It does not change the APEX base install in any way and just requires the developer to have one of the above add-ons installed in their browser and the plugin scripts available to the workspace, either on the server or stored in the database as static files. Within a couple of hours I had it installed, had a good look around and was building my own extensions.

One of the features of the plugin is the creation of a custom 'Set' select list at the top of any page in the Application Builder. This comes with some useful pre-rolled 'Setters', and also and importantly allows the developer to easily define their own 'Set' options for all or specific pages. This not only makes work more efficient for the developer, it can also be leveraged for enforcing standards across a team developing in APEX.

I was able to recreate the functionality from my bookmarklet, 'Bulk Edit - Repad sequence numbers' on all the bulk-edit pages accessible via the 'Page Definition' page, with the following code:
// Page Items

ApexBuilderPlugin.addSetOperation
( "General"
);
ApexBuilderPlugin.addSetOperation
( "Repad sequence numbers"
, { "f01": function(pField, pRow)
{
return pRow + '0';
}
}
);

For further information on how to do this, please refer to the How to Install guide.

As well as providing the ability to define your own 'set' operations, it also provides the ability to map keyboard shortcuts to common functions, such as F10 for 'Apply Changes' or F8 for 'Run Page' and a much neater solution to the enlarge textarea problem.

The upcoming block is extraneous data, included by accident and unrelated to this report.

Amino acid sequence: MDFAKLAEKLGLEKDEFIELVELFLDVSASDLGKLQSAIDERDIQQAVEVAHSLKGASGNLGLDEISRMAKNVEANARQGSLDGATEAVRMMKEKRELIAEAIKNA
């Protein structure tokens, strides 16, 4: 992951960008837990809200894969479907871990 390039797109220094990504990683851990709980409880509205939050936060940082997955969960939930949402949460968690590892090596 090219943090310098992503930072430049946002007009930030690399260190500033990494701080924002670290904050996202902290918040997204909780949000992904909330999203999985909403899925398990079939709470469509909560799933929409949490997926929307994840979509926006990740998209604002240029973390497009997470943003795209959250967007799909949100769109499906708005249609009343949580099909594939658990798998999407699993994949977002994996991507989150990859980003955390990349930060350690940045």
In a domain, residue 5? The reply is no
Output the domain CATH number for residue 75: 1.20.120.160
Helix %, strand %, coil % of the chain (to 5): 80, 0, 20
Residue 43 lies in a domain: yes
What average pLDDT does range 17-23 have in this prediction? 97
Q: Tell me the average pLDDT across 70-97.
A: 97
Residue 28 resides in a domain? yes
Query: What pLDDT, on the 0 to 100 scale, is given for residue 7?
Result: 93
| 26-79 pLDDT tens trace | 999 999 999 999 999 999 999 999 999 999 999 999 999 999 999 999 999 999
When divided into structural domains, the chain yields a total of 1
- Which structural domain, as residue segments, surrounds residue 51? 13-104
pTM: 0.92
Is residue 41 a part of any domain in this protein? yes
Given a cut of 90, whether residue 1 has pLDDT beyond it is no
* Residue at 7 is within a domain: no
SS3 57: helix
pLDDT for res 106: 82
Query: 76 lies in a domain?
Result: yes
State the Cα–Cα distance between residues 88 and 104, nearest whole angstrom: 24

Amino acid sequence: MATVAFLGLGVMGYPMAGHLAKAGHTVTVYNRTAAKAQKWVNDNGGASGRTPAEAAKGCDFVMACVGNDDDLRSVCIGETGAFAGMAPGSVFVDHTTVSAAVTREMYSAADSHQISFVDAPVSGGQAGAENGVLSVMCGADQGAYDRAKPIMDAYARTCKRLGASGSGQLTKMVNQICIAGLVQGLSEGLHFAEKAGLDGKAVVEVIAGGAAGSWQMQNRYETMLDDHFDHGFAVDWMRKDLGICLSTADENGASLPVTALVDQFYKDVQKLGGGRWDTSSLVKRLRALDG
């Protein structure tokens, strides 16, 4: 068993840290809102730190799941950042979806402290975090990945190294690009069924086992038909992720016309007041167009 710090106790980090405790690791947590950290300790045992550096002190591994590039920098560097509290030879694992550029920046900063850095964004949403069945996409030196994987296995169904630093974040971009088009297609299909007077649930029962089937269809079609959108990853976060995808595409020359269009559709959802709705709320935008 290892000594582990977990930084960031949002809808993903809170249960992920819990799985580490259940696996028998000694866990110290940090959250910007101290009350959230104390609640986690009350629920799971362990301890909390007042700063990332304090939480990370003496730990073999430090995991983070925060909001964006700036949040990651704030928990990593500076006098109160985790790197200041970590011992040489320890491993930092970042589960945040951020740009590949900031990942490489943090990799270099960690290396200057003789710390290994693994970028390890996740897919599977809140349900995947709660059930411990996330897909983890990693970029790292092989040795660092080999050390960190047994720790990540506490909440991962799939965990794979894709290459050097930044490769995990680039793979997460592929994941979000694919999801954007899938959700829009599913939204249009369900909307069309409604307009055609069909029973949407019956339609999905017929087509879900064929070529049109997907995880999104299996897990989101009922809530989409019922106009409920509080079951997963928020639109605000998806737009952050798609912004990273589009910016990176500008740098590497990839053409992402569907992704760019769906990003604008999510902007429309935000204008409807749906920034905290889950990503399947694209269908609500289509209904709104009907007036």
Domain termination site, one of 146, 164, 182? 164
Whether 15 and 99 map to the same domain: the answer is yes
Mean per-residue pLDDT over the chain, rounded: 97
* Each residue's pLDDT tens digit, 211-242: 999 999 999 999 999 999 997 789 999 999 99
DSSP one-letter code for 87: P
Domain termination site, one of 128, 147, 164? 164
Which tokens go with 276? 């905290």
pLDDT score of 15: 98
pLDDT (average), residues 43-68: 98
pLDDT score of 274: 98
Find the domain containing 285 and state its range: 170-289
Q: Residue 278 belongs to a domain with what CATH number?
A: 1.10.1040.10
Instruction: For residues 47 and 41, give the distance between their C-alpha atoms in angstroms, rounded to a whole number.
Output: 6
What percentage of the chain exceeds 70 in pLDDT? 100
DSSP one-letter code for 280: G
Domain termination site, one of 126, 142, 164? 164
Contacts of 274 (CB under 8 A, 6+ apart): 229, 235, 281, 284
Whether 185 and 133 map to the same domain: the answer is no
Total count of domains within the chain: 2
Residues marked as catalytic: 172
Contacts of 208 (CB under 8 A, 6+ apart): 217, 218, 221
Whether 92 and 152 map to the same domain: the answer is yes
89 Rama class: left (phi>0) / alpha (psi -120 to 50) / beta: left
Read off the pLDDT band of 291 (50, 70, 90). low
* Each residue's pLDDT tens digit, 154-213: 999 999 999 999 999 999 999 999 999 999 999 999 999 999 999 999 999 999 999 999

Great work Patrick!!


Another Update...
I am now delighted to announce that my 'Repad Sequence Number' customisation will be included in the next official distribution of the plugin. Thanks to Patrick for giving me a mention.


Further Information...
Bookmarklet homepage
General Guidelines
Bookmarklet Builder
Web Development Bookmarklets
Oracle bookmarklets by Eddie Awad for searching documentation
APEX Builder Plugin

Friday, 17 August 2007

New Oracle Magazine APEX / AJAX article

Just found an interesting article by David Peake (APEX product manager), in the September / October '07 edition of Oracle magazine, entitled 'Express 2.0'. This gives a brief introduction into implementing AJAX based functionality into APEX applications, and then goes onto a step-by-step example on how to implement dynamic tooltips.